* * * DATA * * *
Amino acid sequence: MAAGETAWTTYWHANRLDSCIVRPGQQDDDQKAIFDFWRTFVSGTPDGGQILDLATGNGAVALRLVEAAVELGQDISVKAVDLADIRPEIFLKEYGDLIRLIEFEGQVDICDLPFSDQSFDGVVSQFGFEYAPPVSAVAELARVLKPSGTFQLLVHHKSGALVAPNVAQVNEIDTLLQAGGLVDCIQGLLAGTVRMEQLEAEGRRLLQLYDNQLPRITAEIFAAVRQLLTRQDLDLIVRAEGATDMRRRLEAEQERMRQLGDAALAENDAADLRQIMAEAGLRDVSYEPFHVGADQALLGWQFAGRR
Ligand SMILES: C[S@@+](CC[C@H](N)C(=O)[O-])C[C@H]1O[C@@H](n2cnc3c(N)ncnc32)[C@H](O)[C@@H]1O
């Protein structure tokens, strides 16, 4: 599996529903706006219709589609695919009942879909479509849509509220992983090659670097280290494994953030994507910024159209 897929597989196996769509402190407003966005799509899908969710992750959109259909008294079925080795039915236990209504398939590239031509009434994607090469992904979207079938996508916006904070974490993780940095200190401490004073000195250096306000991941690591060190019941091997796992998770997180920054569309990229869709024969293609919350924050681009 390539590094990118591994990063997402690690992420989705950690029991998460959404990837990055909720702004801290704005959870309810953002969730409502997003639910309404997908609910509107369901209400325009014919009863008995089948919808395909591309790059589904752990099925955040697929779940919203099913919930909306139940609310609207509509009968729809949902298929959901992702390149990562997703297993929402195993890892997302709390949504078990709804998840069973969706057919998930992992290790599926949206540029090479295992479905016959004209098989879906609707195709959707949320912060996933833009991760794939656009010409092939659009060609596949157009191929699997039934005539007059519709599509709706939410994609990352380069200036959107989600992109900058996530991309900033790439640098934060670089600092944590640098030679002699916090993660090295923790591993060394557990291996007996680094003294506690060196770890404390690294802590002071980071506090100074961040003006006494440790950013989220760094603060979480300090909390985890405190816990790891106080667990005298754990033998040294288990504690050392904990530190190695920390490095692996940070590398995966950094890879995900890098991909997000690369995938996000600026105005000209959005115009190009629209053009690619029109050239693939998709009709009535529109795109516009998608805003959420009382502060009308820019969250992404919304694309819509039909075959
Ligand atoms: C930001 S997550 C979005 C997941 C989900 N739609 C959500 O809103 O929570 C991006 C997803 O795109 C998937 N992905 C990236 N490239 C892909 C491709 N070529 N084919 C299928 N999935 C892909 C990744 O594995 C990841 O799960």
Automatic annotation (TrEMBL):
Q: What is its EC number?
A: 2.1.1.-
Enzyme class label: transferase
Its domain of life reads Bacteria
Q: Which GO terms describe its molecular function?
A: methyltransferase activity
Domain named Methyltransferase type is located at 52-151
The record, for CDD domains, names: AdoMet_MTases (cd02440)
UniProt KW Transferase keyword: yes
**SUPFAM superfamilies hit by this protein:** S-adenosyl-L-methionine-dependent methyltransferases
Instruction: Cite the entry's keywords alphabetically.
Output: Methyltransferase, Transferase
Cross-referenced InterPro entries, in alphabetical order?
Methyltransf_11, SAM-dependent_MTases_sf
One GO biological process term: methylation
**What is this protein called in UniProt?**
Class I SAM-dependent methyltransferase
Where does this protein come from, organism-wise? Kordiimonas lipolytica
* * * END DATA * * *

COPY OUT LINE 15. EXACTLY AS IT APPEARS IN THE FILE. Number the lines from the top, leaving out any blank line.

**SUPFAM superfamilies hit by this protein:** S-adenosyl-L-methionine-dependent methyltransferases